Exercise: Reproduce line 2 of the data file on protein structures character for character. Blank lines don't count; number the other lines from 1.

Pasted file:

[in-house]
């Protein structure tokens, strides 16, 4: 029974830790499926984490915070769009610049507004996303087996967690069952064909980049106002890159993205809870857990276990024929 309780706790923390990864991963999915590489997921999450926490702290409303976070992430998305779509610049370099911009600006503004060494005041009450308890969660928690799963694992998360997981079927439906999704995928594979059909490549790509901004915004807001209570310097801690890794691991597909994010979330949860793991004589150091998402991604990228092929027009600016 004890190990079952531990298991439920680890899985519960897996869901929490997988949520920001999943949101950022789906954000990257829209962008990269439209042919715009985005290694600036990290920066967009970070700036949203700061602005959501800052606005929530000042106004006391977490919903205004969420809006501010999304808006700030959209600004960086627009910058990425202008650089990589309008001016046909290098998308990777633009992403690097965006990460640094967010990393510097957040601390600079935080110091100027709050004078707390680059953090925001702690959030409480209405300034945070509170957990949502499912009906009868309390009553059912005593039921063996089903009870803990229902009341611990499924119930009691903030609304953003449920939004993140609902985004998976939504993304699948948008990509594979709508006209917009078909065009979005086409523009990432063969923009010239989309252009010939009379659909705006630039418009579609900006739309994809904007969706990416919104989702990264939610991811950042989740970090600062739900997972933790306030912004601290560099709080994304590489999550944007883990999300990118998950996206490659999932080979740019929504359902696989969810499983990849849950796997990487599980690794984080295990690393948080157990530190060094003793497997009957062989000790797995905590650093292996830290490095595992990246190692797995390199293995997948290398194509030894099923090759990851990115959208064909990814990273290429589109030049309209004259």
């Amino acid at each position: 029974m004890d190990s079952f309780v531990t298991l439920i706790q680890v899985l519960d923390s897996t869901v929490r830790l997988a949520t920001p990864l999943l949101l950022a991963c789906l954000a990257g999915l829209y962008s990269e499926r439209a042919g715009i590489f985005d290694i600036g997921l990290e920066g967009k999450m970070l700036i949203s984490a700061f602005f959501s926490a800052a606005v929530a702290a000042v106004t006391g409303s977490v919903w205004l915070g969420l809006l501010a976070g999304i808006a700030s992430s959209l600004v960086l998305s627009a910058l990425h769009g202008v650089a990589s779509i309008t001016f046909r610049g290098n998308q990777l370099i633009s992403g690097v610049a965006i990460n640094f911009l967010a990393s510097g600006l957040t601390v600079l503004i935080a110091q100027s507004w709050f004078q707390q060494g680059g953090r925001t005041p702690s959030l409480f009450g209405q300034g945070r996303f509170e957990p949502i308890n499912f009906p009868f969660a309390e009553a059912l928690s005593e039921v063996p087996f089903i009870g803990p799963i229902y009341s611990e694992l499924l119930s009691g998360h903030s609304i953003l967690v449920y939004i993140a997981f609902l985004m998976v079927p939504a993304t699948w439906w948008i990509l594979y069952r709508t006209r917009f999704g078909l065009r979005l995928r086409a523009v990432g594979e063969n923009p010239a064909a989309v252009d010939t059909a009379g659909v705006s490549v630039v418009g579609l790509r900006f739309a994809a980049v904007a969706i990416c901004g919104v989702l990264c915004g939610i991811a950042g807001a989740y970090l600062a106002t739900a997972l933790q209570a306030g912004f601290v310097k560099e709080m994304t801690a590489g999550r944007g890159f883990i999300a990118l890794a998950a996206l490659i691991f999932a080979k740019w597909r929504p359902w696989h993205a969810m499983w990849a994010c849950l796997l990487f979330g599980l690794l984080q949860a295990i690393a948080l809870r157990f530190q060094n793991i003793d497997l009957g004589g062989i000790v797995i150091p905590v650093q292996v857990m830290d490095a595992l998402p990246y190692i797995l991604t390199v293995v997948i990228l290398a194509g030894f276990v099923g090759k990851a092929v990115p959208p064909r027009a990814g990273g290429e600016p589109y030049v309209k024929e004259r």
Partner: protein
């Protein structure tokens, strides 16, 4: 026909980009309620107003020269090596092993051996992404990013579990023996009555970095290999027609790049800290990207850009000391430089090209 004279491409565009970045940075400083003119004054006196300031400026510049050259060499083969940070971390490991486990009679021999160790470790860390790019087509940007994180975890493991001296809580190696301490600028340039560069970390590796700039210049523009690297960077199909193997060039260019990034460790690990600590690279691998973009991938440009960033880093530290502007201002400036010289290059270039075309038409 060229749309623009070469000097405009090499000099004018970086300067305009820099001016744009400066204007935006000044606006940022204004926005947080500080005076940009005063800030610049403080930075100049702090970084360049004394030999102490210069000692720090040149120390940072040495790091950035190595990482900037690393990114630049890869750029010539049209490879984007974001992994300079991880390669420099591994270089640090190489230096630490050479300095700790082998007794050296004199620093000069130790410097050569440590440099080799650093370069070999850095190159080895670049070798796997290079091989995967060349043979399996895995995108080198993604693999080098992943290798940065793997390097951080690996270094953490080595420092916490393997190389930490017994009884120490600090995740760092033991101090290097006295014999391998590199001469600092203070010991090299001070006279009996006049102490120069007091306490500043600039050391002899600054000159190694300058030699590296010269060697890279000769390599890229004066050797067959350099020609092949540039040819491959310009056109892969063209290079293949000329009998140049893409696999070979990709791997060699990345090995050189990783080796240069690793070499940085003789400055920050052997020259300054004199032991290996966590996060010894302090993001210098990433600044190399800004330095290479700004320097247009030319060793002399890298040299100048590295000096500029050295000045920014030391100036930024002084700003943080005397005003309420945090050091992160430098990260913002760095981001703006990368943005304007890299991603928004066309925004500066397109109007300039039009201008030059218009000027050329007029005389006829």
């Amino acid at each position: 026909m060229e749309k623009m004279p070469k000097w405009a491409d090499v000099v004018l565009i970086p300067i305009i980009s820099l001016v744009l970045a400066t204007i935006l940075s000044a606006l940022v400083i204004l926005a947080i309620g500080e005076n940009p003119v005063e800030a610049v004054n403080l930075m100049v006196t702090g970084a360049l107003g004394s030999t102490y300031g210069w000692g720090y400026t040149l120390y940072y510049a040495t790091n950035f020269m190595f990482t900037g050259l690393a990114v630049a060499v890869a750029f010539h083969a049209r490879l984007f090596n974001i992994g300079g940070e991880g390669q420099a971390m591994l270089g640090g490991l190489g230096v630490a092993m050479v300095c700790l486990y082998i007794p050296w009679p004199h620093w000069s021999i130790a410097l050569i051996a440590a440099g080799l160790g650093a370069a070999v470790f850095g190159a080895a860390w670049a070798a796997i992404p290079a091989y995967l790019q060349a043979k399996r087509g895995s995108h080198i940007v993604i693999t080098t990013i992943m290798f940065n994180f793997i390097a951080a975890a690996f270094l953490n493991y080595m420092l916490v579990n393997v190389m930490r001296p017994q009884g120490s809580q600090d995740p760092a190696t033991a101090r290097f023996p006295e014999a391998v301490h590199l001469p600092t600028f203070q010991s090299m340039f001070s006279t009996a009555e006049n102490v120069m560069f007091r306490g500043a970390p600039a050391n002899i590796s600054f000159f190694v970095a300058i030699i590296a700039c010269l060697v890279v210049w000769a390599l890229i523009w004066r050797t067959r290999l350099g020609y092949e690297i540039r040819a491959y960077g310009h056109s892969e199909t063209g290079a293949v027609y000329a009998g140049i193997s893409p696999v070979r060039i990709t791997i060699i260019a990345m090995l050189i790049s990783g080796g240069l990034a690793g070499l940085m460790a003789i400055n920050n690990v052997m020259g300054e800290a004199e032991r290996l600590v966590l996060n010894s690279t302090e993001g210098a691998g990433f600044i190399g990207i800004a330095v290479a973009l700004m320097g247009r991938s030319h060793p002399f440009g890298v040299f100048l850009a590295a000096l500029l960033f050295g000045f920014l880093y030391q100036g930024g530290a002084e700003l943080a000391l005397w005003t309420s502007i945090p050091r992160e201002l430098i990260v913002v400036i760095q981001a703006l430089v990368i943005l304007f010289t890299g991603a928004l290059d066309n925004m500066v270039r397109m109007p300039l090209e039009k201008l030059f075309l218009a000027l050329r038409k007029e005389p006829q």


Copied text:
């Protein structure tokens, strides 16, 4: 029974830790499926984490915070769009610049507004996303087996967690069952064909980049106002890159993205809870857990276990024929 309780706790923390990864991963999915590489997921999450926490702290409303976070992430998305779509610049370099911009600006503004060494005041009450308890969660928690799963694992998360997981079927439906999704995928594979059909490549790509901004915004807001209570310097801690890794691991597909994010979330949860793991004589150091998402991604990228092929027009600016 004890190990079952531990298991439920680890899985519960897996869901929490997988949520920001999943949101950022789906954000990257829209962008990269439209042919715009985005290694600036990290920066967009970070700036949203700061602005959501800052606005929530000042106004006391977490919903205004969420809006501010999304808006700030959209600004960086627009910058990425202008650089990589309008001016046909290098998308990777633009992403690097965006990460640094967010990393510097957040601390600079935080110091100027709050004078707390680059953090925001702690959030409480209405300034945070509170957990949502499912009906009868309390009553059912005593039921063996089903009870803990229902009341611990499924119930009691903030609304953003449920939004993140609902985004998976939504993304699948948008990509594979709508006209917009078909065009979005086409523009990432063969923009010239989309252009010939009379659909705006630039418009579609900006739309994809904007969706990416919104989702990264939610991811950042989740970090600062739900997972933790306030912004601290560099709080994304590489999550944007883990999300990118998950996206490659999932080979740019929504359902696989969810499983990849849950796997990487599980690794984080295990690393948080157990530190060094003793497997009957062989000790797995905590650093292996830290490095595992990246190692797995390199293995997948290398194509030894099923090759990851990115959208064909990814990273290429589109030049309209004259």